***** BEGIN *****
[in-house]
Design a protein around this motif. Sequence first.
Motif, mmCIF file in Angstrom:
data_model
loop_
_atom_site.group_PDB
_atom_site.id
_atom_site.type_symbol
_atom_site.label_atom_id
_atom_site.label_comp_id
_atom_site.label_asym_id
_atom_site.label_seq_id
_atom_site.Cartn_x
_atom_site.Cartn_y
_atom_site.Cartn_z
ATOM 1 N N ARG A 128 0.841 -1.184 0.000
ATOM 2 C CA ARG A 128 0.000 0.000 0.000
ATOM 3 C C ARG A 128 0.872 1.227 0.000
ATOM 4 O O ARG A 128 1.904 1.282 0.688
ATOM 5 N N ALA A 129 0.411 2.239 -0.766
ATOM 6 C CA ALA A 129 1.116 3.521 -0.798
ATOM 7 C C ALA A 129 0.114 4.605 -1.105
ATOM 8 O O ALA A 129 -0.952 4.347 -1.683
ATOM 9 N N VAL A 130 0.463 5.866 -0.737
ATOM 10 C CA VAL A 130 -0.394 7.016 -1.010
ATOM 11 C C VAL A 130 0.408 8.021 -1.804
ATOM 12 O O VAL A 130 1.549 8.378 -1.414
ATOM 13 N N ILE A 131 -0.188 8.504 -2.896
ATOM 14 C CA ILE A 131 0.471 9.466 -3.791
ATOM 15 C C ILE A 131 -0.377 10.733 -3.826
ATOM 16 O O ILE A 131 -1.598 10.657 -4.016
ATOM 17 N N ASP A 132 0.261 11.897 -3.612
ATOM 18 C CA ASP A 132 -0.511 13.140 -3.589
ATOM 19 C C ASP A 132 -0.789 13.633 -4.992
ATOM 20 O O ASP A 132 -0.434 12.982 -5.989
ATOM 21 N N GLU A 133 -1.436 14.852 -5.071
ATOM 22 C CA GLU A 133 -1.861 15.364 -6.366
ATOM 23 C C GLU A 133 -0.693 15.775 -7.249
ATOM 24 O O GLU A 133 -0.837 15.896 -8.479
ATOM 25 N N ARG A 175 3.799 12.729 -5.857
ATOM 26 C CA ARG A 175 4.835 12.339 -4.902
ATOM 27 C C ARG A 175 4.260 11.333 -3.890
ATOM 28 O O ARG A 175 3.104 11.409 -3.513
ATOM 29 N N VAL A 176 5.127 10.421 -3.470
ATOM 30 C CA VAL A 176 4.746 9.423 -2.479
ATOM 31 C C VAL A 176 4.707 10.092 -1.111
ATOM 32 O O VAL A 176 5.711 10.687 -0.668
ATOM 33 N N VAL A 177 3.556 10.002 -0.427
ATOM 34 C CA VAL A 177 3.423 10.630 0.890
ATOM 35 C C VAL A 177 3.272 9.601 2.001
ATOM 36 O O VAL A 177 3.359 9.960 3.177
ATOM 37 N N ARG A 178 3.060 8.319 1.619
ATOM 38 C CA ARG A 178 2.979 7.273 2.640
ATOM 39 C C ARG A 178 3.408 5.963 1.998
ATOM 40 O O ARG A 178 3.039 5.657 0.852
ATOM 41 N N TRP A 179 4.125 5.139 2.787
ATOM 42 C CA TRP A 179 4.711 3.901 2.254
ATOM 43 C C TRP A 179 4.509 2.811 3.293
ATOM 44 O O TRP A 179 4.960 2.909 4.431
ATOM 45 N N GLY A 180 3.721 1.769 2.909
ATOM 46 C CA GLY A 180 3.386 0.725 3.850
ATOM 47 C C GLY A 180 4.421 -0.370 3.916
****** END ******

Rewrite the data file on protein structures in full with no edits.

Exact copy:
[in-house]
Design a protein around this motif. Sequence first.
Motif, mmCIF file in Angstrom:
data_model
loop_
_atom_site.group_PDB
_atom_site.id
_atom_site.type_symbol
_atom_site.label_atom_id
_atom_site.label_comp_id
_atom_site.label_asym_id
_atom_site.label_seq_id
_atom_site.Cartn_x
_atom_site.Cartn_y
_atom_site.Cartn_z
ATOM 1 N N ARG A 128 0.841 -1.184 0.000
ATOM 2 C CA ARG A 128 0.000 0.000 0.000
ATOM 3 C C ARG A 128 0.872 1.227 0.000
ATOM 4 O O ARG A 128 1.904 1.282 0.688
ATOM 5 N N ALA A 129 0.411 2.239 -0.766
ATOM 6 C CA ALA A 129 1.116 3.521 -0.798
ATOM 7 C C ALA A 129 0.114 4.605 -1.105
ATOM 8 O O ALA A 129 -0.952 4.347 -1.683
ATOM 9 N N VAL A 130 0.463 5.866 -0.737
ATOM 10 C CA VAL A 130 -0.394 7.016 -1.010
ATOM 11 C C VAL A 130 0.408 8.021 -1.804
ATOM 12 O O VAL A 130 1.549 8.378 -1.414
ATOM 13 N N ILE A 131 -0.188 8.504 -2.896
ATOM 14 C CA ILE A 131 0.471 9.466 -3.791
ATOM 15 C C ILE A 131 -0.377 10.733 -3.826
ATOM 16 O O ILE A 131 -1.598 10.657 -4.016
ATOM 17 N N ASP A 132 0.261 11.897 -3.612
ATOM 18 C CA ASP A 132 -0.511 13.140 -3.589
ATOM 19 C C ASP A 132 -0.789 13.633 -4.992
ATOM 20 O O ASP A 132 -0.434 12.982 -5.989
ATOM 21 N N GLU A 133 -1.436 14.852 -5.071
ATOM 22 C CA GLU A 133 -1.861 15.364 -6.366
ATOM 23 C C GLU A 133 -0.693 15.775 -7.249
ATOM 24 O O GLU A 133 -0.837 15.896 -8.479
ATOM 25 N N ARG A 175 3.799 12.729 -5.857
ATOM 26 C CA ARG A 175 4.835 12.339 -4.902
ATOM 27 C C ARG A 175 4.260 11.333 -3.890
ATOM 28 O O ARG A 175 3.104 11.409 -3.513
ATOM 29 N N VAL A 176 5.127 10.421 -3.470
ATOM 30 C CA VAL A 176 4.746 9.423 -2.479
ATOM 31 C C VAL A 176 4.707 10.092 -1.111
ATOM 32 O O VAL A 176 5.711 10.687 -0.668
ATOM 33 N N VAL A 177 3.556 10.002 -0.427
ATOM 34 C CA VAL A 177 3.423 10.630 0.890
ATOM 35 C C VAL A 177 3.272 9.601 2.001
ATOM 36 O O VAL A 177 3.359 9.960 3.177
ATOM 37 N N ARG A 178 3.060 8.319 1.619
ATOM 38 C CA ARG A 178 2.979 7.273 2.640
ATOM 39 C C ARG A 178 3.408 5.963 1.998
ATOM 40 O O ARG A 178 3.039 5.657 0.852
ATOM 41 N N TRP A 179 4.125 5.139 2.787
ATOM 42 C CA TRP A 179 4.711 3.901 2.254
ATOM 43 C C TRP A 179 4.509 2.811 3.293
ATOM 44 O O TRP A 179 4.960 2.909 4.431
ATOM 45 N N GLY A 180 3.721 1.769 2.909
ATOM 46 C CA GLY A 180 3.386 0.725 3.850
ATOM 47 C C GLY A 180 4.421 -0.370 3.916